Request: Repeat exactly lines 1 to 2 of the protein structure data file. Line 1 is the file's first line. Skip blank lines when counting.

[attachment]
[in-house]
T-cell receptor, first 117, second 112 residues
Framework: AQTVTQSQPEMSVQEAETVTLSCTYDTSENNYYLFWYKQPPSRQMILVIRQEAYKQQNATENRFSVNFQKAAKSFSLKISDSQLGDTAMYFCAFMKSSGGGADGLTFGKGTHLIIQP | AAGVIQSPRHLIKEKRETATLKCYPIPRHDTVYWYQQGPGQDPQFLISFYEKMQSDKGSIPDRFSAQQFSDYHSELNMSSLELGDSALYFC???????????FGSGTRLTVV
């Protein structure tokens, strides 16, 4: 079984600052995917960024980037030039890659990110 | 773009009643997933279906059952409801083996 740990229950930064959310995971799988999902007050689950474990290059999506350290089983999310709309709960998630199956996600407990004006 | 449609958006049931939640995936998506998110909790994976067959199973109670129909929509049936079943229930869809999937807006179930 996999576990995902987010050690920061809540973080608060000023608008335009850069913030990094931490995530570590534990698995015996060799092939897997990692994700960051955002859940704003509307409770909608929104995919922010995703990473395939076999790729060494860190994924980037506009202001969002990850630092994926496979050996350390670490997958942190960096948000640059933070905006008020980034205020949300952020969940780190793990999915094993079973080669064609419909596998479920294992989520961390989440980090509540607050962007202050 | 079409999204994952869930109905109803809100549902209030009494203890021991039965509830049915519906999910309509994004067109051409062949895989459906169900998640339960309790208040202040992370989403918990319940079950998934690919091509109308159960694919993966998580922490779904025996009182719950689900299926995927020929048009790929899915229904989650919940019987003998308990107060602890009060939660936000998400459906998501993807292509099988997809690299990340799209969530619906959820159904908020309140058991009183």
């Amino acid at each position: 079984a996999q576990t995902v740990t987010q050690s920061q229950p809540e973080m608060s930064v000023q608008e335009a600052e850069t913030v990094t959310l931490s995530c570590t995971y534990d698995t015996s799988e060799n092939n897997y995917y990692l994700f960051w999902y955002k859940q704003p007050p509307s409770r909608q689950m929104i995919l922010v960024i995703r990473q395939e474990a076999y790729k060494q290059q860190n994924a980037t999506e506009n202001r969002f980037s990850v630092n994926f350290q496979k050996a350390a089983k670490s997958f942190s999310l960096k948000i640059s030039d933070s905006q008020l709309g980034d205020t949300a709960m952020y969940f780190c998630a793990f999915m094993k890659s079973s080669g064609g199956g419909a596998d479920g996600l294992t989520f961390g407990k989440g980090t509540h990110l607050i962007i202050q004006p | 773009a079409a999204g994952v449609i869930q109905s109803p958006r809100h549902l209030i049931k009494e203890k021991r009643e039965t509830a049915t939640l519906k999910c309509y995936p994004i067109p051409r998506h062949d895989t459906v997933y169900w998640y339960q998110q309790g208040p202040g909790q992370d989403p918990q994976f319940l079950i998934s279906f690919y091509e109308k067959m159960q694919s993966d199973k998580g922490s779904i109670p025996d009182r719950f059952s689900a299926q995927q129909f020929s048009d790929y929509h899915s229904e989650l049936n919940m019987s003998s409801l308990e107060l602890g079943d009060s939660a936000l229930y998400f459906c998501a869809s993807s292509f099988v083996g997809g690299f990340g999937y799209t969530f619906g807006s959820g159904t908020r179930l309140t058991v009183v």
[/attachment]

[in-house]
T-cell receptor, first 117, second 112 residues